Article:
Multi-Region, Multi-Brand Deployments

One of the great things about working in the tech industry is the variety of experiences you have when working with teams implementing solutions like Gigya’s. Over recent years, I’ve been fortunate enough to work with single brand and market deployments as well as large multiple brand and region deployments, and we see different types of challenges arising from these different use cases.

Let’s take a look at multiple brand and market deployments in particular, and see how Gigya’s platform and professional services team help meet the following challenges.

Consistent Data Structure Across Brands and Regions

Deploying one or many brands across many regions can be very difficult. From our experience, one of the first challenges is that there may be decentralized IT functions, with each brand or market selecting different tech platforms that leverage differing data points, and that have different naming and storage requirements. This offers flexibility, but inhibits the centralized data store for analyzing or segmenting the data at an aggregated market or global level. Attempting to merge datasets across brands and regions may be a poor use of IT’s time, since data structures and formatting will differ from source to source.

An important step during the Gigya deployment is defining a global data model that ensures data can be used effectively for brands within the same market and then aggregated to enable global trend analysis and segmentation. Gigya can connect to many different CMS, eCommerce, mobile (for example) platforms, but it’s important to store data in a consistent and structured way to ensure best use of that data. Defining the global model with configuration per region offers the right balance of agility and consistency.

Core Integration Design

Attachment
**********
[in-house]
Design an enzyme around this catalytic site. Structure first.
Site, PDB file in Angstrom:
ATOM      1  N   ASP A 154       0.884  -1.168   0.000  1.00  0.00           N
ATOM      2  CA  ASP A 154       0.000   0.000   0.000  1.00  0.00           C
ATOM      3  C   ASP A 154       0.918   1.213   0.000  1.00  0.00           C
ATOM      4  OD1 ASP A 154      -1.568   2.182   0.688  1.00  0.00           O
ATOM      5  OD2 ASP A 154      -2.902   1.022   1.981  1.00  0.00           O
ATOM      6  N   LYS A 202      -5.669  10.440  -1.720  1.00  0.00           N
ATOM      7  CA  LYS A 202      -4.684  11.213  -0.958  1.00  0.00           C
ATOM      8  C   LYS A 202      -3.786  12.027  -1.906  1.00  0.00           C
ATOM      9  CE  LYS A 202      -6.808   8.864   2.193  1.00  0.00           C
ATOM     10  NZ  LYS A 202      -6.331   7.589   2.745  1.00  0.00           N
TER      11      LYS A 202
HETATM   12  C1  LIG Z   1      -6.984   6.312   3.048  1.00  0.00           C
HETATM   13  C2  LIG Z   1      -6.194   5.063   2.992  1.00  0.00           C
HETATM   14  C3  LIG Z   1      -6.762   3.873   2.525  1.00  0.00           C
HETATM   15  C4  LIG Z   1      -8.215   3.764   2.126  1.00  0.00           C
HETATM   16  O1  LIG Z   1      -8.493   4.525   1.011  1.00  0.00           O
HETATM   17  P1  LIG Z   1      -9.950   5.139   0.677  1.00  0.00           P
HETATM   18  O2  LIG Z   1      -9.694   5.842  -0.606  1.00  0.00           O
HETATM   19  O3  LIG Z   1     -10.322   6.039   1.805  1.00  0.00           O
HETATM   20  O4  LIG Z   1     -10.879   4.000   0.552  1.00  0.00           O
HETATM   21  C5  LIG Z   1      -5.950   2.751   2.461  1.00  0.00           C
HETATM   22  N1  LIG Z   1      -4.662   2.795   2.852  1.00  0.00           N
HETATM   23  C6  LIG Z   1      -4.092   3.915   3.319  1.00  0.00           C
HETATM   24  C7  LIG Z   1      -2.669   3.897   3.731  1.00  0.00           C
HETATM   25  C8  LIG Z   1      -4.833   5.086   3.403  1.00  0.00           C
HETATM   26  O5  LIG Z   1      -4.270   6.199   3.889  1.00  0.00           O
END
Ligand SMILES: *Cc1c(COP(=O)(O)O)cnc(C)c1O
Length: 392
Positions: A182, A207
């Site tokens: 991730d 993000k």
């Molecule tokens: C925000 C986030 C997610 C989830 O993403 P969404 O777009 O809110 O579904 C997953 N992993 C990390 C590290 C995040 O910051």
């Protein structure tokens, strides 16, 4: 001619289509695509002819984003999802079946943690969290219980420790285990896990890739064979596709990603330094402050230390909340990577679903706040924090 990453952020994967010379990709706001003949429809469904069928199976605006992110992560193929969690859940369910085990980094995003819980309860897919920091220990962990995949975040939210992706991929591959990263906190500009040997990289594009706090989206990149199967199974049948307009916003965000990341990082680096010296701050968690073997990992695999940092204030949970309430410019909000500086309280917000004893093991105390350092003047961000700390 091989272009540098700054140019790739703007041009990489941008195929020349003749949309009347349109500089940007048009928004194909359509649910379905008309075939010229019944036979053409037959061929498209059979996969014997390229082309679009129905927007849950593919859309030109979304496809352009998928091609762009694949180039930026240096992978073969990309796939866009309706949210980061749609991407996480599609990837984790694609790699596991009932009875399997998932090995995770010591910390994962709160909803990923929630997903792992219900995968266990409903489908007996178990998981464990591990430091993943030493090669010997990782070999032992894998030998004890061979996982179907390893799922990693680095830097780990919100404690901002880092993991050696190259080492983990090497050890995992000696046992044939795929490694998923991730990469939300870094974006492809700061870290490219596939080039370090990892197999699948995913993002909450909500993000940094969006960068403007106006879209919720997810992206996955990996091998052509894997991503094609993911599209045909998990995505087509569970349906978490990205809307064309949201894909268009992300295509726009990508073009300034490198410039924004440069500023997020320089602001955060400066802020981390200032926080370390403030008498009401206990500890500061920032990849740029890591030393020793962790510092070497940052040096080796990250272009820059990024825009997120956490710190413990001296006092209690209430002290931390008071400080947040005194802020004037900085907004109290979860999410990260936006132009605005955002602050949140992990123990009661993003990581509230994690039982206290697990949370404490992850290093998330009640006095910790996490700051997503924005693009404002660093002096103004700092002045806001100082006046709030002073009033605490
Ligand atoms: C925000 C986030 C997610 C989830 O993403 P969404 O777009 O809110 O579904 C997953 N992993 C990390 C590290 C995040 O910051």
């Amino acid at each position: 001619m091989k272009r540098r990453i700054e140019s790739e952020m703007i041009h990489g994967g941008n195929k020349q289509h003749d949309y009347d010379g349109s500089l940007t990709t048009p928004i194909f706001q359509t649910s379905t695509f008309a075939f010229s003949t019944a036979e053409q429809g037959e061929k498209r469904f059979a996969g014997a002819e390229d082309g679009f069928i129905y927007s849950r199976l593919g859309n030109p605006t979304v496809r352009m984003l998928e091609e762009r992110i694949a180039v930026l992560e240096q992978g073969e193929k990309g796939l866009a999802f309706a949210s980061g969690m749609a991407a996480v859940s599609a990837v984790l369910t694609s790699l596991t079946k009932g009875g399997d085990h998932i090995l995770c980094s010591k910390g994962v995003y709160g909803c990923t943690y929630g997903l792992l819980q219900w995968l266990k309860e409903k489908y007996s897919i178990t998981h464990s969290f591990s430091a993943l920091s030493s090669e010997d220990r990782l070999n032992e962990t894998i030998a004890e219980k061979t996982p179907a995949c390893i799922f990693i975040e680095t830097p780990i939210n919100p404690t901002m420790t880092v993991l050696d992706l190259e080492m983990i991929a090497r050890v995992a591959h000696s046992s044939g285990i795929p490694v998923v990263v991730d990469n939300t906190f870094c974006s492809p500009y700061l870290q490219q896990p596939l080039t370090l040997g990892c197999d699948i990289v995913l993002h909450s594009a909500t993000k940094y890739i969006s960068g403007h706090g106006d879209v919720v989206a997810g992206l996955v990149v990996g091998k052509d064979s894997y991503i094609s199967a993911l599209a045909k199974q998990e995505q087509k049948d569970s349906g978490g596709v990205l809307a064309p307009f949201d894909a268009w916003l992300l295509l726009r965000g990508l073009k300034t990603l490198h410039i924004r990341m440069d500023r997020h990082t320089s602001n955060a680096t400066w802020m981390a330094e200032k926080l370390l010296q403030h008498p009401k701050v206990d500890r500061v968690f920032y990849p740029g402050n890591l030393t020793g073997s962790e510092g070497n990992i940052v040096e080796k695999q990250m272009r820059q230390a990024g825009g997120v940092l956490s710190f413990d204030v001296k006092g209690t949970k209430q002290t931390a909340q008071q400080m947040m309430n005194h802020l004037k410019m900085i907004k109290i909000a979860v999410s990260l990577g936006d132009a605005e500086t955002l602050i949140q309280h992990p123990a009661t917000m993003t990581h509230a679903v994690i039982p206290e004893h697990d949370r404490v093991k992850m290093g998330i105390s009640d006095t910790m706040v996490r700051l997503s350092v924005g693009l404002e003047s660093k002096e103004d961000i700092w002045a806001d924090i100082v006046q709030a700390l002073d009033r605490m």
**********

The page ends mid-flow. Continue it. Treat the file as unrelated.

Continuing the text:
There are typically technology platforms integrated into the ecosystem related to improving website and mobile customer experiences, including Email Service Providers (ESP), Data Management Platforms (DMP) or Business Intelligence (BI) suites. With decentralized IT departments, different vendors may be selected for each of these, and each may require different levels of support and development to implement and maintain.

Having centralized “best-practice” integrations into appropriate ESP, DMP, BI tools ensures consistency within tools across those brands and markets. Being able to segment audiences and personalize customer experience using a well-defined integration strategy with a proven track record ensures that brand and market stakeholders don’t make strategic decisions in isolation, repeating mistakes that have already been corrected in other parts of the organization.

Maintaining Flexibility

Getting data structure and data integrations right is a great place to start, but there should be flexibility within the resulting design to avoid friction between local brands and regional markets. The end goal for any Gigya implementation is to solve problems (poor user experience, siloed data and so on) whilst continuing to allow each team to efficiently do their job in the way that makes the most sense. Sometimes that means using an ESP the region has previously deployed and used for a number of years. Enabling individual brand and market stakeholders to add custom data requirements on top of the established data model will ease deployments and their adoption by business users. Knowing when to be flexible is key.

Knowledge Sharing

From our experience with large multiple brand and region deployments, brands learn lessons from various integrations, but sharing that knowledge between different teams is often an area needing improvement. Deploying a global data model and core integration design allows companies to define implementation strategy “playbooks” to share experiences and collaborate on how best to use those tools to get the best results. A playbook is a hybrid between product documentation and customer specific details which allows organization-wide sharing of best practices and quick wins.

These are often the most challenging deployments, but have the most opportunity for big rewards, since they can unlock the ability to personalize and customize the customer experience, and turn unknown customers into known and loyal customers.

By Adrian Nash